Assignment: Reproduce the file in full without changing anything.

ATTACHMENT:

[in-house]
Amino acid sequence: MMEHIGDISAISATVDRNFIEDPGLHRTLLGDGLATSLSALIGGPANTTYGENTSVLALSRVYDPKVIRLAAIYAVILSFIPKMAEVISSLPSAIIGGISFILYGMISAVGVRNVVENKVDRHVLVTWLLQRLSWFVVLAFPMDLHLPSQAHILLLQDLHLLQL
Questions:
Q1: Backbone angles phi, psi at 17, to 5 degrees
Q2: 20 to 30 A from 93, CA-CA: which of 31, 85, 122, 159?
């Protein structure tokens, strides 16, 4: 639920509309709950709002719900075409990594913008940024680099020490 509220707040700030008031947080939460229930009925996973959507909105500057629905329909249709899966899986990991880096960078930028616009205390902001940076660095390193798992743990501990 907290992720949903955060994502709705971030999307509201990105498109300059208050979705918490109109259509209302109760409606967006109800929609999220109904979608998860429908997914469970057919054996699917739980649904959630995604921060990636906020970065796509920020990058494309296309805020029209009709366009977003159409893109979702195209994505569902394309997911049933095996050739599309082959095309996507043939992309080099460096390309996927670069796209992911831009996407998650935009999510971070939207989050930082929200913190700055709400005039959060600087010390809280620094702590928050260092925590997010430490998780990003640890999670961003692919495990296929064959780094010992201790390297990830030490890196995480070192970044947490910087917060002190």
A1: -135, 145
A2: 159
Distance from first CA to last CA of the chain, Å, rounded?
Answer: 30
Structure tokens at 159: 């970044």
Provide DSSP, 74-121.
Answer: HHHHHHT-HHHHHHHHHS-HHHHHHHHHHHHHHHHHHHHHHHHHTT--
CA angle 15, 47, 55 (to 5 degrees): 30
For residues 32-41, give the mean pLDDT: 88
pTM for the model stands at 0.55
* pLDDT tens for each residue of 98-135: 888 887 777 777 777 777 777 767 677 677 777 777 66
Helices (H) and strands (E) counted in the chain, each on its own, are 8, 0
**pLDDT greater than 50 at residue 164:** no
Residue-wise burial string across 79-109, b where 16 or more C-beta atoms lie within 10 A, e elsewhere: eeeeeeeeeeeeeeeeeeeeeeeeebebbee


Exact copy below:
[in-house]
Amino acid sequence: MMEHIGDISAISATVDRNFIEDPGLHRTLLGDGLATSLSALIGGPANTTYGENTSVLALSRVYDPKVIRLAAIYAVILSFIPKMAEVISSLPSAIIGGISFILYGMISAVGVRNVVENKVDRHVLVTWLLQRLSWFVVLAFPMDLHLPSQAHILLLQDLHLLQL
Questions:
Q1: Backbone angles phi, psi at 17, to 5 degrees
Q2: 20 to 30 A from 93, CA-CA: which of 31, 85, 122, 159?
């Protein structure tokens, strides 16, 4: 639920509309709950709002719900075409990594913008940024680099020490 509220707040700030008031947080939460229930009925996973959507909105500057629905329909249709899966899986990991880096960078930028616009205390902001940076660095390193798992743990501990 907290992720949903955060994502709705971030999307509201990105498109300059208050979705918490109109259509209302109760409606967006109800929609999220109904979608998860429908997914469970057919054996699917739980649904959630995604921060990636906020970065796509920020990058494309296309805020029209009709366009977003159409893109979702195209994505569902394309997911049933095996050739599309082959095309996507043939992309080099460096390309996927670069796209992911831009996407998650935009999510971070939207989050930082929200913190700055709400005039959060600087010390809280620094702590928050260092925590997010430490998780990003640890999670961003692919495990296929064959780094010992201790390297990830030490890196995480070192970044947490910087917060002190």
A1: -135, 145
A2: 159
Distance from first CA to last CA of the chain, Å, rounded?
Answer: 30
Structure tokens at 159: 């970044």
Provide DSSP, 74-121.
Answer: HHHHHHT-HHHHHHHHHS-HHHHHHHHHHHHHHHHHHHHHHHHHTT--
CA angle 15, 47, 55 (to 5 degrees): 30
For residues 32-41, give the mean pLDDT: 88
pTM for the model stands at 0.55
* pLDDT tens for each residue of 98-135: 888 887 777 777 777 777 777 767 677 677 777 777 66
Helices (H) and strands (E) counted in the chain, each on its own, are 8, 0
**pLDDT greater than 50 at residue 164:** no
Residue-wise burial string across 79-109, b where 16 or more C-beta atoms lie within 10 A, e elsewhere: eeeeeeeeeeeeeeeeeeeeeeeeebebbee